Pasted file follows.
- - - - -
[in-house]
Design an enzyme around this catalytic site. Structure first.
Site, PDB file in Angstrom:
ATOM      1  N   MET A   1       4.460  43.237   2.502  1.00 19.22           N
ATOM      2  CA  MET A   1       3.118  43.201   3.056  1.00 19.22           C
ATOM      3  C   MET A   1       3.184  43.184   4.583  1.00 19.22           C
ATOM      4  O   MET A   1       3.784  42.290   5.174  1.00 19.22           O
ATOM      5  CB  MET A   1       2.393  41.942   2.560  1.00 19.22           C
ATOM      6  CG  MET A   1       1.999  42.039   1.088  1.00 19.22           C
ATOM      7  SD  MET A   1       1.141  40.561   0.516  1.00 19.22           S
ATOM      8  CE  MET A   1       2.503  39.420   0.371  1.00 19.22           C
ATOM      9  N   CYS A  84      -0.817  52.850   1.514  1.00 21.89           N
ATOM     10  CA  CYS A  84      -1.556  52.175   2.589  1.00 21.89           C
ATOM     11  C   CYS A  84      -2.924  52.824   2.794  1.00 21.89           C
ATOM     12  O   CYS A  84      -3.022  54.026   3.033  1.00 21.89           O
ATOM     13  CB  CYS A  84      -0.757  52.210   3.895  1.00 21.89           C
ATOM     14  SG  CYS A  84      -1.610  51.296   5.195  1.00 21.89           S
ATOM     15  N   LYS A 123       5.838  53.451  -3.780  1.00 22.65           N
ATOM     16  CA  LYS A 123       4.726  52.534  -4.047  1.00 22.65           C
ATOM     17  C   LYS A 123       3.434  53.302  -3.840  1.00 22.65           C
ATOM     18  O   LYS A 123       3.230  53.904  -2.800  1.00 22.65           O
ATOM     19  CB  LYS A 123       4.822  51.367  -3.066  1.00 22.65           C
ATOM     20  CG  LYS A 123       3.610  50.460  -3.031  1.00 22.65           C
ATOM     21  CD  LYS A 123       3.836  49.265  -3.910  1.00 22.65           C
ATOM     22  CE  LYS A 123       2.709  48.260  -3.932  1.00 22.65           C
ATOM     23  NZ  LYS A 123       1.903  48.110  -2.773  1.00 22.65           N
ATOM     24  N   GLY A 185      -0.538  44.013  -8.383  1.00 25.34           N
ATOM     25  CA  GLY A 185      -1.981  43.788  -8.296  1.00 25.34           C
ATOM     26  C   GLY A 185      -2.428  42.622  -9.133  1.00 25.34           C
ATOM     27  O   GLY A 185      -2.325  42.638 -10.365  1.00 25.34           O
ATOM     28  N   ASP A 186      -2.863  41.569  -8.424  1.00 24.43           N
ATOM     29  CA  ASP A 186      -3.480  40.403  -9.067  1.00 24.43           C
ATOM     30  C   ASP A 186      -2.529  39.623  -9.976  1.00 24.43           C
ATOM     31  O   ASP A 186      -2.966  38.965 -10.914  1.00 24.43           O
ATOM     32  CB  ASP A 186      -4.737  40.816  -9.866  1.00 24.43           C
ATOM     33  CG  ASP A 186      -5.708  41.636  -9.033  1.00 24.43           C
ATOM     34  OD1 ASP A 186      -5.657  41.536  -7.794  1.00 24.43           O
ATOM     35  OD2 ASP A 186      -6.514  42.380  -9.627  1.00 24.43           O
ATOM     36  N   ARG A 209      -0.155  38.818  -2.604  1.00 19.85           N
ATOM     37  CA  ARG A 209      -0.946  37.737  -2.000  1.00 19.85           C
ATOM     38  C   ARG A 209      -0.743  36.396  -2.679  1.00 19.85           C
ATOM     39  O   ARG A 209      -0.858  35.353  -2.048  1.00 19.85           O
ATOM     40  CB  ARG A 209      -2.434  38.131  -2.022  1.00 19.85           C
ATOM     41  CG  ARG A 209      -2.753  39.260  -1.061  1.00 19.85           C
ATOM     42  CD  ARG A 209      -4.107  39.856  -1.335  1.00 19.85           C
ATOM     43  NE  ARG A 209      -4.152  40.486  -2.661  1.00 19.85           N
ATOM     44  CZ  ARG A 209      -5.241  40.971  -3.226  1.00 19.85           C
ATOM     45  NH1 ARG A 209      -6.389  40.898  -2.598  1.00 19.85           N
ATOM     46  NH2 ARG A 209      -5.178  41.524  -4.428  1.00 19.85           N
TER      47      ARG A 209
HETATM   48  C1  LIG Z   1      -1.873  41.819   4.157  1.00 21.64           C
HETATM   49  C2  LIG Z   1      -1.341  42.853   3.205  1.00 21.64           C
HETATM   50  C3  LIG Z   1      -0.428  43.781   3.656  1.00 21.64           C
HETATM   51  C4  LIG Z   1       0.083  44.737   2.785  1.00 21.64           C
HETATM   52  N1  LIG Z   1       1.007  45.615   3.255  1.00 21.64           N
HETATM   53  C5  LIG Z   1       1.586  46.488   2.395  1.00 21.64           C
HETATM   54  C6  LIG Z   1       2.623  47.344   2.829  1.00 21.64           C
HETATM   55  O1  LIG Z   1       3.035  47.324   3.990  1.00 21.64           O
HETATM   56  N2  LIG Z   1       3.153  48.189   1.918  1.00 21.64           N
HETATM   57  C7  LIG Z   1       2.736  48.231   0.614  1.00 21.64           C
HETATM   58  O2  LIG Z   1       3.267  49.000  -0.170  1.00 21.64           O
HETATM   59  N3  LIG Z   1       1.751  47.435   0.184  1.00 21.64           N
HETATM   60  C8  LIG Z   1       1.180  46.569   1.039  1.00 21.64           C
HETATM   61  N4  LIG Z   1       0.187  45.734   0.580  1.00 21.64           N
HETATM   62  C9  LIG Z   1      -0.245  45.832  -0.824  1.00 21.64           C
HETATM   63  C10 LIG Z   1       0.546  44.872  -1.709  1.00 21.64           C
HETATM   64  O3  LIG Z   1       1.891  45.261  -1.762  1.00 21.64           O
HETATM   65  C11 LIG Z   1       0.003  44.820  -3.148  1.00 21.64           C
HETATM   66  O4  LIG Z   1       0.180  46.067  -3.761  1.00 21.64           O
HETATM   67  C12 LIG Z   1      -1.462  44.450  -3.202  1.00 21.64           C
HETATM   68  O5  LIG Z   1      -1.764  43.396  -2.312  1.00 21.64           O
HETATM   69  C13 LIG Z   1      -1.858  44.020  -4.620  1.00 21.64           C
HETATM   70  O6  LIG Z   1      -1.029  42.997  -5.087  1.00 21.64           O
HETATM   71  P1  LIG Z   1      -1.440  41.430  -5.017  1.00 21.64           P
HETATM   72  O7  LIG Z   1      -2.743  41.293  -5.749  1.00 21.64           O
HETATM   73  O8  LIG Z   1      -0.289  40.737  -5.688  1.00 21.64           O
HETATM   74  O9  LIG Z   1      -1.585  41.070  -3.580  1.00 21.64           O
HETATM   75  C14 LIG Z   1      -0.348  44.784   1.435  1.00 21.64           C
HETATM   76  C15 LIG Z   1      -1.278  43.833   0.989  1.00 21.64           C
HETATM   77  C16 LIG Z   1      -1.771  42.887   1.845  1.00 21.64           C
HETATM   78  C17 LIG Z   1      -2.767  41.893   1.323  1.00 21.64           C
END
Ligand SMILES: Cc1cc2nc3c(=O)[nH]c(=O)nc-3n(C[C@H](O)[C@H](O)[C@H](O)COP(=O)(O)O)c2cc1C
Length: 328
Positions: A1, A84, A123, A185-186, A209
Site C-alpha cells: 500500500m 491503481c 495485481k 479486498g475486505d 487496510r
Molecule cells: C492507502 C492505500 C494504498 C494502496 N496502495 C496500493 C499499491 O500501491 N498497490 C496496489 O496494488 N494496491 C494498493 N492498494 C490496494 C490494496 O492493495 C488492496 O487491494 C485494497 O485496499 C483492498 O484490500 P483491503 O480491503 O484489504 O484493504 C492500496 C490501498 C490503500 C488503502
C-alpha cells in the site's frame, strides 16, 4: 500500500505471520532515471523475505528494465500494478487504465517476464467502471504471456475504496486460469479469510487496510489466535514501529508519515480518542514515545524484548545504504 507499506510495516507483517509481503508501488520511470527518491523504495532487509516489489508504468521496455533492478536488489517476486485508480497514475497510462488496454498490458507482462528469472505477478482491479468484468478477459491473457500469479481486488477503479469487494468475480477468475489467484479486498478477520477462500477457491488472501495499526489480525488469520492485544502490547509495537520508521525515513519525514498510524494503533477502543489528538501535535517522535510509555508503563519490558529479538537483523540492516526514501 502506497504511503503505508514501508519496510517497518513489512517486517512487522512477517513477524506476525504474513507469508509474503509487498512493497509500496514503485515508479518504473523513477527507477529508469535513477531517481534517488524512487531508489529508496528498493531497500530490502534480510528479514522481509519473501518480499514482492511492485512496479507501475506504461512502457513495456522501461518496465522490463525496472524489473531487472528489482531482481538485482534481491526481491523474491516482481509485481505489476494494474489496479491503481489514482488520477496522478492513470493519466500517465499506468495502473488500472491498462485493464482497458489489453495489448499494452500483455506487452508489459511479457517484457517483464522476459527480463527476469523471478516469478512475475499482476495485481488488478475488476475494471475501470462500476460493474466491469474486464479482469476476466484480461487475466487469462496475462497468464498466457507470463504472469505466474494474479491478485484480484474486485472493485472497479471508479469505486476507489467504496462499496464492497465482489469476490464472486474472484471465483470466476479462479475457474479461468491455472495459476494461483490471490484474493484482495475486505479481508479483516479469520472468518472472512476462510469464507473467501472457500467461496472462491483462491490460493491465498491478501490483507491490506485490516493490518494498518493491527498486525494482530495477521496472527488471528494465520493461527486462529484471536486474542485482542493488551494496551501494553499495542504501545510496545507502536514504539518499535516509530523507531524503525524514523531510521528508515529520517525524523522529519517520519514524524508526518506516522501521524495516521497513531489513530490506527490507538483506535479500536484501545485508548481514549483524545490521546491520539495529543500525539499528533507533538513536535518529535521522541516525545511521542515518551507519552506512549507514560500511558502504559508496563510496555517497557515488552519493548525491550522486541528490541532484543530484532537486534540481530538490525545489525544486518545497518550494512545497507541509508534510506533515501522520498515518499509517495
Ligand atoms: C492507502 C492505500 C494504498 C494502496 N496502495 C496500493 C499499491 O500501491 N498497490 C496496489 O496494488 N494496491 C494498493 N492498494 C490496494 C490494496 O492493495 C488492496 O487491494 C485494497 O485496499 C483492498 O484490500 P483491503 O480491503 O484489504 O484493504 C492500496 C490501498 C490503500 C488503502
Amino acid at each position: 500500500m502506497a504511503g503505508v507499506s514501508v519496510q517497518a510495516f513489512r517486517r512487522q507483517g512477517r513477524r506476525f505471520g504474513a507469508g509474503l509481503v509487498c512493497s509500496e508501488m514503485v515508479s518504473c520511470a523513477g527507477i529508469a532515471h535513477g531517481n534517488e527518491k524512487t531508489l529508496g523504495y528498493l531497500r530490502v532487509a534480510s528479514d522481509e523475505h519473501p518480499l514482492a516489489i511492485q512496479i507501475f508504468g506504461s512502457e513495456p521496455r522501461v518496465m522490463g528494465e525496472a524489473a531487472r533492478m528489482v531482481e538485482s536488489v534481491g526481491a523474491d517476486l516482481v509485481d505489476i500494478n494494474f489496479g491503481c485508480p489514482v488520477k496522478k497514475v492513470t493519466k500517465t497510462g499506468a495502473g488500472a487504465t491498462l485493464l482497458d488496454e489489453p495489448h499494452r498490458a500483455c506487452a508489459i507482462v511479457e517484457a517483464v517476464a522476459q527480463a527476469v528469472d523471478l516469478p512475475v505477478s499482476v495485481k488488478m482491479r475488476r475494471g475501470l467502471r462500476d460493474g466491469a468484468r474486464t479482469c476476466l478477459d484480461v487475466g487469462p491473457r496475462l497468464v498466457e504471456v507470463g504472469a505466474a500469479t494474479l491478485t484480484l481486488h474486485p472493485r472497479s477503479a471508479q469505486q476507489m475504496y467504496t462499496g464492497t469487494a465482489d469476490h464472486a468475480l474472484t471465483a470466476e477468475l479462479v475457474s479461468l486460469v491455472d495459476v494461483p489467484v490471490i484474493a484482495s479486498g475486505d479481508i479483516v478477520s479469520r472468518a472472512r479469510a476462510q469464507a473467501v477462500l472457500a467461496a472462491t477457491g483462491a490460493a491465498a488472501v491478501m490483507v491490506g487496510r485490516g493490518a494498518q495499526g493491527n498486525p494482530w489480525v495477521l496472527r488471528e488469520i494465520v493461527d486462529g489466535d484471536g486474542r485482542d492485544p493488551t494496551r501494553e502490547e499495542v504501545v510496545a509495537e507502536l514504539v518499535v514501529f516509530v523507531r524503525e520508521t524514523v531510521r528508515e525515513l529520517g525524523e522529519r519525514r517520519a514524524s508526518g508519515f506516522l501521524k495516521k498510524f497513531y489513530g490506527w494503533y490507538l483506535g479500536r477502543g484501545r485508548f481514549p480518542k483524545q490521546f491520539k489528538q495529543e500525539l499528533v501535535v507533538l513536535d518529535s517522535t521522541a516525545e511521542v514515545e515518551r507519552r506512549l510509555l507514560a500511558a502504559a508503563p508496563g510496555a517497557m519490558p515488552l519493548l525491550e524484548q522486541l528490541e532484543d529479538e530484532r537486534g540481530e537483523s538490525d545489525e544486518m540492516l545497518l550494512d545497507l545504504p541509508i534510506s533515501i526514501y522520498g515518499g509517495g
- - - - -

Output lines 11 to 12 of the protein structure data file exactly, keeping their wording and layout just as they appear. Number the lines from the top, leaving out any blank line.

ATOM      8  CE  MET A   1       2.503  39.420   0.371  1.00 19.22           C
ATOM      9  N   CYS A  84      -0.817  52.850   1.514  1.00 21.89           N